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How to Write a Contract – Your Ultimate Guide!

Reading time: 14 mins

Want to know how to write a contract? In this guide, you’ll learn the basics of how to write a contract from an experienced contracts lawyer.

Learning how to write a contract effectively can take years of study and practice. But if you want some quick tips to kick start your contract writing capabilities, this article is for you.

Prosper Law

Author: Farrah Motley, is a commercial lawyer with experience in writing international supply agreements and helping Australian businesses to reduce legal risk.

Over the last decade, Farrah has helped her clients with hundreds of contracts in a variety of different industries. In this article, Farrah deciphers how to write a contract.

Learning how to write a contract takes time and practice. In this article, I’ve outlined the top 10 things you need to do to write a contract that is enforceable and effective:

  1. Research
  2. Choose the right contract format
  3. Brainstorm the risks
  4. Correctly identify the contracting parties
  5. Understand the goals of each party
  6. Outline the contract period
  7. Define key terms
  8. Numbering and organising clauses
  9. Write clearly and concisely
  10. Choose the right signing clause

Now let’s look at each of these contract writing tips and break it down.

How to write a contract

1. How to Write a Contract – Research

It’s really important not only to understand the basic concepts of contract law, but also to understand the context and industry that’s relevant to the contract you are looking to write.

If you start cold, without doing any research, you may miss some of the nuances that would turn an average contract into an exceptional one.

So, before you put pen to paper, do some research. This might include:

  1. researching legislation (both Commonwealth and State) that is relevant to the industry, goods, services or contracting parties (this is all available online, for free);
  2. having a conversation with your colleagues or other businesses that operate in your space to learn from their mistakes, understand the broader context or understand how the particular transaction works in practice (putting the contract to one side);
  3. read some industry papers and articles; these can go a long way to understanding the key risks and opportunities relevant to the particular industry your contract operates within.

Here are a few websites to help you with your initial research:

2. How to Write a Contract – Choose the Right Contract Format

Choosing the right contract format in the first place is vital to ensuring that your contract is not only enforceable but that you are not reinventing the wheel.

Standard Form Contracts

There are “standard form” contracts out there (usually developed by industry bodies) that have, through a lot of consultation and consideration, developed a base set of terms and conditions. For a fee (usually around AUD$300), you can purchase the base terms and conditions.

If you need to make some changes to the base terms and conditions, you can do this by drafting special conditions.

One thing I would say, however, is to try and avoid going against the “spirit” of a standard form contract. They are usually drafted to fairly balance risk between the contracting parties. I have seen many law firms grab hold of a standard form contract and amend it to such an extent that they may as well have written an entirely new contract.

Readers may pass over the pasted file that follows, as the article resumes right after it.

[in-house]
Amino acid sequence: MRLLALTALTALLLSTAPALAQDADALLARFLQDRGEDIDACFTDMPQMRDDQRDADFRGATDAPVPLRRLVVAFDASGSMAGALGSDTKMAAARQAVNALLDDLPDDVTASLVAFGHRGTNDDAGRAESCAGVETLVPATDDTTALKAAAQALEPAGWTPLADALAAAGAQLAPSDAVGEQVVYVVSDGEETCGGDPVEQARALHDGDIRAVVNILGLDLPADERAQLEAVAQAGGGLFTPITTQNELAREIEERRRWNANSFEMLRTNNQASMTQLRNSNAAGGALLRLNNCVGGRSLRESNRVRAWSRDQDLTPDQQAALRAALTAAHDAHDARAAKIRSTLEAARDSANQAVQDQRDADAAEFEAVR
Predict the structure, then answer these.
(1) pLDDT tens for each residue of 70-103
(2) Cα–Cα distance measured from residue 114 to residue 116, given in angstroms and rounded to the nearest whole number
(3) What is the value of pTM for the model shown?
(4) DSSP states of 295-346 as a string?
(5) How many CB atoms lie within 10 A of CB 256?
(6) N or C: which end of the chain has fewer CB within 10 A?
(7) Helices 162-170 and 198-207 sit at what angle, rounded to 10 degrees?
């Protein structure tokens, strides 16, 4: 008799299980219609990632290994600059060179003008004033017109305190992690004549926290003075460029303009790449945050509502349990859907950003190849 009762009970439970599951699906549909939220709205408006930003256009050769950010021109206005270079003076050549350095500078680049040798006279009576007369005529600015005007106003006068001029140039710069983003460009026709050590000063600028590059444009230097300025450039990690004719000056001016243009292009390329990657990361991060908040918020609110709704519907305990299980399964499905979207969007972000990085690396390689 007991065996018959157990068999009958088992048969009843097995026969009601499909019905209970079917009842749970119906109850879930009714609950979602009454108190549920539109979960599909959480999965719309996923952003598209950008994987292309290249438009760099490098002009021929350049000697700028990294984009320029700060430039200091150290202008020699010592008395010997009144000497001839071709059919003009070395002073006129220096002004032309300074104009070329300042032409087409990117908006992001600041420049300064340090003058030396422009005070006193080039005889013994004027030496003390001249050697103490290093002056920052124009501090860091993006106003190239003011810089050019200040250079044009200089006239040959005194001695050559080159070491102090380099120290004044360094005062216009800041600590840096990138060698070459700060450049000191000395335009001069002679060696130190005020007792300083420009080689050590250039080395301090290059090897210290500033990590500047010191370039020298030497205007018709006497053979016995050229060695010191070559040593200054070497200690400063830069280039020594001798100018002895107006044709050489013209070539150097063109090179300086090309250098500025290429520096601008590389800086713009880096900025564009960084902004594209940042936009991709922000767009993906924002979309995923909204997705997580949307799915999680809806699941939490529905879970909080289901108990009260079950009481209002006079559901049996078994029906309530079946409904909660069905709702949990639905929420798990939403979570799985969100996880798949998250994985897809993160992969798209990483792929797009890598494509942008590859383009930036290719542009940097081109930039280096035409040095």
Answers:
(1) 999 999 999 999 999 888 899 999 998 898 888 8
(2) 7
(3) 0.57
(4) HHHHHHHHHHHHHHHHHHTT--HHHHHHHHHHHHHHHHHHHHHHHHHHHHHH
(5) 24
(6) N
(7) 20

In my view, that is not how standard form contracts should be used and it erodes the balance the form sought to achieve in the first place.

If your business is dealing with individual consumers or small businesses and your contract is a standard form in the sense that it is given on a “take it or leave it” basis; do not fall foul of the unfair contract terms laws.

You can read about unfair contract terms here, but the key elements of a contract term being considered “unfair” is if it:

  • would cause a significant imbalance in the parties’ rights and obligations arising under the contract
  • is not reasonably necessary to protect the legitimate interests of the party that would benefit from the term, and
  • would cause detriment (financial or otherwise) to a consumer if it were to be applied or relied on.

Using a Deed Versus a Contract

I have written extensively on the difference between a deed and a contract. When it comes to which form to use as the basis for the contract you are writing, here is the key point to remember; if one party is making a promise to the other, and there is nothing being given in exchange (i.e. no “consideration”), use a deed.

Master Agreement

A master agreement is a contract agreed between two parties that sets out standard terms that apply to all the future transactions entered into between those parties.

How to write a contract

Master agreements can be particularly useful where your business is regularly entering into a contract with one party for the same kind of goods and/or services.

Master agreements avoid the need to sign a lengthy contract each time a party wants to purchase goods and/or services. The master agreement (which sets out all the terms and conditions) can be signed once and may be written so that it applies for, say, one year.

Then, each time a party wants to buy goods and/or services, that party issues a purchase order, or an email, in a specified format.

3. How to Write a Contract – Brainstorm the Risks